Introduction to Workshop
If you're not familiar with Steven Kotler, let me tell you a little bit about him. Steven is a New York Times Bestselling Author. He's an award winning journalist. He is the co-founder of the Flow Genome Project. He's written eight books, including his latest book Stealing Fire, and you've seen his writing in many publications including Times, Forbes, Wired, many more. We are thrilled to have him on CreativeLive for the first time. So please welcome to the stage Steven Kotler. (audience clapping)
Good morning. How are you guys doing?
All right. Welcome to Flow for Creatives. This is a class about empowering creatives. So if you're not doing something creative for a living, if you're not totally passionate about it, you're probably in the wrong place and you should leave. Cause the next six hours are gonna suck. (crowd laughs) But if you are doing something creative for a living, we're gonna spend the next six hours talking about how to empower you to much more fero...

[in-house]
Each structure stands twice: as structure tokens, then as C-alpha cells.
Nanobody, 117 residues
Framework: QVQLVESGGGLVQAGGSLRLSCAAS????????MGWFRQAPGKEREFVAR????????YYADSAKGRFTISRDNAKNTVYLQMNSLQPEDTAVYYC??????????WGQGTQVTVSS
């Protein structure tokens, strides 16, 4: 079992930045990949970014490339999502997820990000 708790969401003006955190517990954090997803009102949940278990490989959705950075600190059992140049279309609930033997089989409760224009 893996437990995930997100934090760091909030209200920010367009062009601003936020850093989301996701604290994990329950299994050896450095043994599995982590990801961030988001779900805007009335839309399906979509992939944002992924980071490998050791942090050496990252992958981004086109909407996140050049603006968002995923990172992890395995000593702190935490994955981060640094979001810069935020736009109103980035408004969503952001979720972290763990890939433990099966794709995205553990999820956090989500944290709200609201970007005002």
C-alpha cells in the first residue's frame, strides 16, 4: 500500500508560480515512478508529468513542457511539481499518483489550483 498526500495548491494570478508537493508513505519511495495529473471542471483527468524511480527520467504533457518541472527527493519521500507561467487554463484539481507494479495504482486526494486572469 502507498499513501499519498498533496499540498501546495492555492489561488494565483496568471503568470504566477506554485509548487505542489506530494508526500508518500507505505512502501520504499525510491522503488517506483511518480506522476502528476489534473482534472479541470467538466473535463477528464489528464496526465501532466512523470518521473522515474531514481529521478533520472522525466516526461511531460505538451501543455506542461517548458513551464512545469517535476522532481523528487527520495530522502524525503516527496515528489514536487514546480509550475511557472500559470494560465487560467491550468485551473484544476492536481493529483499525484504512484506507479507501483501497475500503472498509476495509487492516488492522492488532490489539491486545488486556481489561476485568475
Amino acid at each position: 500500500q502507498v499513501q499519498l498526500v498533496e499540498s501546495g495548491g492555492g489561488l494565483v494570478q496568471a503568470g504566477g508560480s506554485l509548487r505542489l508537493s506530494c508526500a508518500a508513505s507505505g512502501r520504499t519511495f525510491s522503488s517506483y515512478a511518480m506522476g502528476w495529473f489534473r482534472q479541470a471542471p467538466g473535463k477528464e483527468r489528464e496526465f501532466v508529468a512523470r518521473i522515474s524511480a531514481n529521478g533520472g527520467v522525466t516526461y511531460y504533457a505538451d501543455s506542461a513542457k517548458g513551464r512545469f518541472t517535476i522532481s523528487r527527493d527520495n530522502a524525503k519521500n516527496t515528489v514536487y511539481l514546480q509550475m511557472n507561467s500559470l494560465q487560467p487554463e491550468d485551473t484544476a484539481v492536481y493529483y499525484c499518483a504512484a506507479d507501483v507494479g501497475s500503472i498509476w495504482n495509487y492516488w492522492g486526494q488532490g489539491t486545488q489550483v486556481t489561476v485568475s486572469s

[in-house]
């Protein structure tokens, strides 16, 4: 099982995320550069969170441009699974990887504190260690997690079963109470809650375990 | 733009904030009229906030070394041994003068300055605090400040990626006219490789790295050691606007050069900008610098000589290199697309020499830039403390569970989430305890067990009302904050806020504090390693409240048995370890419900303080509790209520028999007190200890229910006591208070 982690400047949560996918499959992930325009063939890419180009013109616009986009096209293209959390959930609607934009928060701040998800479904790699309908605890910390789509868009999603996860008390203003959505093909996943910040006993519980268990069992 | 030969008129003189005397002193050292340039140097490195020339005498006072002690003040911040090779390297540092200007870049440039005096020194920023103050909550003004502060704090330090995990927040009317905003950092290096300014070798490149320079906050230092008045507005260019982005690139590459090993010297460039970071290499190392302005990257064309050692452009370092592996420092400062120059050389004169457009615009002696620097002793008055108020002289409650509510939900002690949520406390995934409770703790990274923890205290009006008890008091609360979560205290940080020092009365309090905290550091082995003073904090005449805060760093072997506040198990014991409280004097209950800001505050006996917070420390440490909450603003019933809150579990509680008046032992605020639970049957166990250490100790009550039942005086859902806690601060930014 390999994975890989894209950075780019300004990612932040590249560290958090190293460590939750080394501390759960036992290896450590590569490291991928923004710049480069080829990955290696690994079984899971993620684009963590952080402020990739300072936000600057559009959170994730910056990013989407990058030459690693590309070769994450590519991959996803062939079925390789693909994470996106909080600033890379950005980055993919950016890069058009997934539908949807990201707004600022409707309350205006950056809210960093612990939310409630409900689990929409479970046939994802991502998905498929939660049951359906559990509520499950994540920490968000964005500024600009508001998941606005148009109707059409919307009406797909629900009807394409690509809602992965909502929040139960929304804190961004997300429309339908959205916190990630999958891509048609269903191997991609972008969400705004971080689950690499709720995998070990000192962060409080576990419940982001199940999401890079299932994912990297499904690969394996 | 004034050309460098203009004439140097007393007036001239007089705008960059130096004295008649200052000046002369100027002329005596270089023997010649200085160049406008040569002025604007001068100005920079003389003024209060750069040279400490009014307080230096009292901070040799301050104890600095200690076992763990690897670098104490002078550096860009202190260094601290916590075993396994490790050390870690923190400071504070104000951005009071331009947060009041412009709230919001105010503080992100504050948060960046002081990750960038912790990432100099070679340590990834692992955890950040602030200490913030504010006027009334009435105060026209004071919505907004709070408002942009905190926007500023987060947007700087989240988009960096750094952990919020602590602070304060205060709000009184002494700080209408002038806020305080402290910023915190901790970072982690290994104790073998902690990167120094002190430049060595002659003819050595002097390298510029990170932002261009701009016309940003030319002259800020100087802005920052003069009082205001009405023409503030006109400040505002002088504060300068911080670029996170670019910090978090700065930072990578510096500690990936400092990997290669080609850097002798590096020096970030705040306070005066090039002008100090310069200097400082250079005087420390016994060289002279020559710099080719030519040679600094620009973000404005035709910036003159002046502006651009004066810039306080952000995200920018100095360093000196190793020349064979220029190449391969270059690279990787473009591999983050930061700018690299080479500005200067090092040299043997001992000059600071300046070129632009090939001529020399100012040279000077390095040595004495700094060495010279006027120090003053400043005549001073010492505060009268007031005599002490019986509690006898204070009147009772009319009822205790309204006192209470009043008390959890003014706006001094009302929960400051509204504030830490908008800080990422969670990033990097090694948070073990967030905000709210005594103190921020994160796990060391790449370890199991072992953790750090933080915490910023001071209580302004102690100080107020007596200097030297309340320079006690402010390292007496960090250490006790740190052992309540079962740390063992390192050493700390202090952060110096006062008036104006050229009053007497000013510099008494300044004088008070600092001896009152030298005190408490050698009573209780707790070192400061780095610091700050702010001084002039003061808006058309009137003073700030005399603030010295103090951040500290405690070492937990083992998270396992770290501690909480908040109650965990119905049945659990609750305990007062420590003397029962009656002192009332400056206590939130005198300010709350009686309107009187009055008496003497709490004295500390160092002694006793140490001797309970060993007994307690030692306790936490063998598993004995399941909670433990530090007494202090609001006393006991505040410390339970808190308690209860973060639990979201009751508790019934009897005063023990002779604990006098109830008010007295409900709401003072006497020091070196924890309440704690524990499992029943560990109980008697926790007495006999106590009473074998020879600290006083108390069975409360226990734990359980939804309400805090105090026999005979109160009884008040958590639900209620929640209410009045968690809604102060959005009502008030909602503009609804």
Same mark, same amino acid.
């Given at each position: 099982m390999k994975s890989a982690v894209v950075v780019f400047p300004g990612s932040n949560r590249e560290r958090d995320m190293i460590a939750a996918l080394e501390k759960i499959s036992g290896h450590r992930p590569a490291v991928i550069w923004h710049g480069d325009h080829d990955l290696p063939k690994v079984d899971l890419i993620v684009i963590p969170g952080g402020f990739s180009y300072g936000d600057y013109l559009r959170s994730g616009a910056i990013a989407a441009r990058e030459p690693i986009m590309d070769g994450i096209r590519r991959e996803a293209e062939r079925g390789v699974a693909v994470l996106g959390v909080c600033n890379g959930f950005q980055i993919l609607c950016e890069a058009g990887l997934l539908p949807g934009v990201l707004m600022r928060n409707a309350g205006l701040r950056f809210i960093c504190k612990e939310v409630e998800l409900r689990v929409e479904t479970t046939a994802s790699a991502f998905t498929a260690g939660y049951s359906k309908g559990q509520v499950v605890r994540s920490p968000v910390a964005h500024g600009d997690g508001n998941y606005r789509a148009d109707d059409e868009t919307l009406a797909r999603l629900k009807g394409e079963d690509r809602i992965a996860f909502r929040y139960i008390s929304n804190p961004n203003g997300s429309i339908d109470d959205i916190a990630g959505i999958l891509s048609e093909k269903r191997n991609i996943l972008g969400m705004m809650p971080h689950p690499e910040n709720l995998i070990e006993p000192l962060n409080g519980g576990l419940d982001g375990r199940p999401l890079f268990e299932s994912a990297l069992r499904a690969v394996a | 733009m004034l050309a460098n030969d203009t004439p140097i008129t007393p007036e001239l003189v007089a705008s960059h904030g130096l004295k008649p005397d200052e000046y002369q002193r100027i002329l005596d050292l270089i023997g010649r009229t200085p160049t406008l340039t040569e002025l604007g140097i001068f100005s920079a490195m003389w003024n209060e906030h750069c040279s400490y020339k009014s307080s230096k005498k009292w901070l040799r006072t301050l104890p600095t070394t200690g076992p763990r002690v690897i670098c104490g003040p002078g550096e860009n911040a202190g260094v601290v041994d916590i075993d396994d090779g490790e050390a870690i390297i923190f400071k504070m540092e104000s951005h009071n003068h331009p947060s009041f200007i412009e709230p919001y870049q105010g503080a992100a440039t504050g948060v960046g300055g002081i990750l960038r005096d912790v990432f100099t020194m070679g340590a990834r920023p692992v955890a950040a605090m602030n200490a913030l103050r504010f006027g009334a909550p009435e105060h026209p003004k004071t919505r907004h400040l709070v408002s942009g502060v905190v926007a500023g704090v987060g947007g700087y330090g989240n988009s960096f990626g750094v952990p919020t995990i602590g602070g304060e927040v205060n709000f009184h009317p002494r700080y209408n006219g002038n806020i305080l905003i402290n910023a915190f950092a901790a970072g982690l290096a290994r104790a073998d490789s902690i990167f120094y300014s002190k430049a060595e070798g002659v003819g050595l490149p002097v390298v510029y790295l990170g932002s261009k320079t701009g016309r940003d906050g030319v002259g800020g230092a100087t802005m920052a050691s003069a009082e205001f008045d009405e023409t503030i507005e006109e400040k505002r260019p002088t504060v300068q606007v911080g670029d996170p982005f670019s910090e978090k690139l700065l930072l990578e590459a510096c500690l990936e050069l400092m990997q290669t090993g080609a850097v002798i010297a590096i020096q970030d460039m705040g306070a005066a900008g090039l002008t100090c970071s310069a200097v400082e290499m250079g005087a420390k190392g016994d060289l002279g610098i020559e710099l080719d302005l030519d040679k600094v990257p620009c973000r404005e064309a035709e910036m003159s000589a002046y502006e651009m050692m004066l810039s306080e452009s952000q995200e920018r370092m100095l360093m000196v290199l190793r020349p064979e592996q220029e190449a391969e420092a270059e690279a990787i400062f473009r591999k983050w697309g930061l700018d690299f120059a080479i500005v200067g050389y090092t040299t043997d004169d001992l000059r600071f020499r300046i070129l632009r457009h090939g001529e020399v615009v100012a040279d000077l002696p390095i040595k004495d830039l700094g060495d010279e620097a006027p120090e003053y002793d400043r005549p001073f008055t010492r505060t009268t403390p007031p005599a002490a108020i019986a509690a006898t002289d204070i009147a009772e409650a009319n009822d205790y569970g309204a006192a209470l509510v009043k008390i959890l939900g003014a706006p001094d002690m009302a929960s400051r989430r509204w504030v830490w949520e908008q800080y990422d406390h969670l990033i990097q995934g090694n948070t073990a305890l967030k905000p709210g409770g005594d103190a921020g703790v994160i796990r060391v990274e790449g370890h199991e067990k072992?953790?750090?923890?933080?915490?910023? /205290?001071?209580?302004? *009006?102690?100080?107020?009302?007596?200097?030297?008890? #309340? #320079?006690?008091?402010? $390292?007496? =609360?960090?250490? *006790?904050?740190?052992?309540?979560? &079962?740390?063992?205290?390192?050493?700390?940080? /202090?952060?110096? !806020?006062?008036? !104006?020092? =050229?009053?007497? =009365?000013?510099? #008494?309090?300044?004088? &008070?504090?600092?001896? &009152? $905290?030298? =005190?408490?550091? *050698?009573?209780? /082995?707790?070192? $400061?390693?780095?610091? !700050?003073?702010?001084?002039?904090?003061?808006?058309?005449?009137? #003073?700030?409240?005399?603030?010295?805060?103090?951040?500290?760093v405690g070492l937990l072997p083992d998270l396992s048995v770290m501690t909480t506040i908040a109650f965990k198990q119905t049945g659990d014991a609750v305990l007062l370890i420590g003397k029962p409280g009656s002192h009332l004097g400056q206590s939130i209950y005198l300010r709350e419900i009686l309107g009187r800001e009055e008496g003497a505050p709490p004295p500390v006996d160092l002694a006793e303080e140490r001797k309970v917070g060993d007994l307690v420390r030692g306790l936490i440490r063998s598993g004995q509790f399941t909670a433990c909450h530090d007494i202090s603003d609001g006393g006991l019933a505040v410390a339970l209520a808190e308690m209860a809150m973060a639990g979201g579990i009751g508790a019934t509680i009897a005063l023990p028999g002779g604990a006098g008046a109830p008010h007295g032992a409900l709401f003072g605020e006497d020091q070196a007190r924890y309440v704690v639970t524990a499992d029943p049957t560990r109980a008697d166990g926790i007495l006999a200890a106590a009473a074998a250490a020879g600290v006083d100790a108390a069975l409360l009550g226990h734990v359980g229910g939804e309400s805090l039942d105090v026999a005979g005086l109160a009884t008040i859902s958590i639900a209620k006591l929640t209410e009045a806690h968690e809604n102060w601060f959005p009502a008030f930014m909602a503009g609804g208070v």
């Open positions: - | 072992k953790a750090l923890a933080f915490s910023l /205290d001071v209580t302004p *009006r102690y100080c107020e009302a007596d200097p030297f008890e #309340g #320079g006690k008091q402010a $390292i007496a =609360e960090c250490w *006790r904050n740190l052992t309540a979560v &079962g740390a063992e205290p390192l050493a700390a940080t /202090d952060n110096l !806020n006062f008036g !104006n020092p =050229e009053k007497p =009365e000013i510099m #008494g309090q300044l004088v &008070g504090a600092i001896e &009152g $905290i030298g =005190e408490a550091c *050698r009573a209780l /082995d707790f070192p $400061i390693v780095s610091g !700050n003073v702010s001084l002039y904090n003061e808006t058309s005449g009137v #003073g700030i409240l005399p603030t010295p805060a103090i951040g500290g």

cious about it. And I thought, since it's gonna be a class on creative empowerment and high performance, I would start out by telling you why I think this class is so important. And for that to make sense, you have to know that I grew up as a punk rocker in Cleveland, Ohio in the 70s and the 80s when it was not a very safe time to be a punk rocker in Cleveland, Ohio. Cleveland itself had been burned to the ground in the 70s, so the actual city was a wasteland and it was surrounded by the most conservative people you could possibly imagine. So I was essentially in a fight every day from the time I was 13 to the time I was 17, which is not a requirement for creativity. But it did (laughs) drive me to find my own people in Cleveland, which I found on a four block strip known as Coventry. And it was a communist bookstore, and a couple of coffee shops, and a couple of bars and a couple of things like that. And it was every weirdo in Ohio cause it was the only place we could go. So it wasn't just punk rockers. If you were transvestite, if you were a lesbian, if you were gay, if you did theater, if you did magic, if you were a musician, if you were whatever, and it was the most destroyed, broken group of people you could possibly imagine. People were in and out of jail for very serious crimes. Not small crimes. Serious crimes. Lot's of drug addiction. Lots of people died along the way. Lots of alcoholism. A lot of abuse. A lot of people came from horrific backgrounds. Torturous backgrounds. Sexual abuse, child abuse. If you were ever going to bet on a group of people, you would have never bet on this group of people at all. Everybody's possible top pick for least successful group, and out of this small group of about 2,000 weirdos in Cleveland, Ohio, Nine Inch Nails, Sepultura, Filter, about nine other bands I can name. Comic book artists like Harvey Pekar, Daniel Rodriguez. Writers such as myself and about nine or 10 other people who came onto this tiny community and managed to reshape culture. And this fascinated me a lot along the way because it shouldn't have been possible. Every one of us should have ended up dead, or in jail, or both. And where did it come from? Two things that distinguished this community: First, it was a tribe. People were very tightly bonded together. They were very supportive. Really critical for longterm creativity. More importantly, people were obsessed with process, which was really weird because we were all really young, 16, 17, 18, but how creativity worked was something we talked a lot about, and how to foster. So it kindled in me kind of this idea that there's an art to art. There's something that goes on behind all this that really matters. So, a lot of what we're gonna be doing today is taking that the next step forward. This is sort of the end. This class is the end result of what's become a 30 year obsession with creative process and where it comes from and how we can empower each other. So, with that said, I wanna talk a little bit about what we're going to be doing today and how it's going to work. Today is gonna be divided into five modules. The first module's gonna cover creativity itself. The next four modules are going to cover the four stages of the flow cycle. So flow, the state of optimal performance, that will be the focus of a lot of today, is a four stage process. We'll go into it, but we're going to devote each module, one module to each stage of the cycle, and what you can do to maximize the flow and creativity in that moment. And, what we're gonna be doing inside of those modules is four things. The first is we're going to start out with cognitive literacy. Understanding what is going on in the brain in the body during states of high performance, during states of creativity. You need to know how your brain and your body work if you're really gonna hack creativity well. So we're gonna fill you in on all that stuff. We're also gonna jump into maps and models. So, a lot of the stuff we're talking about today, creativity, information processing in the brain, these are network effects. There are orders to them. Things happen first, second, third, fourth, fifth, those are the maps and models. We're gonna give you the layout of the land, the territory, so you know where you are, and you know where we're going. Craft hacks and mind hacks. So my good friend Michael Gervais, who is on the board on the Flow Genome Project and he is the high performance coach for the Seattle Seahawks. So if you ever, if you watch the Superbowl when Seattle won the Superbowl, afterwards they were interviewing Pete Carroll, the coach, about his secret weapon. Mike Gervais was the secret weapon. Mike likes to say "there are only three things "you can actually hack. "You can hack your body. "You can hack your mind, and you can hack your craft." We're not gonna spend a lot of time talking about how to hack your body today. We'll touch on it a little bit cause there's some stuff you're gonna need to know, but we're gonna focus primarily on craft hacks and mind hacks. We're gonna back that up a little bit and sort of do meta craft hacks, craft hacks that fly across the board to all creatives. And mind hacks is gonna be the bulk of what we're talking about. How do you hack your consciousness to amplify creativity, to amplify high performance?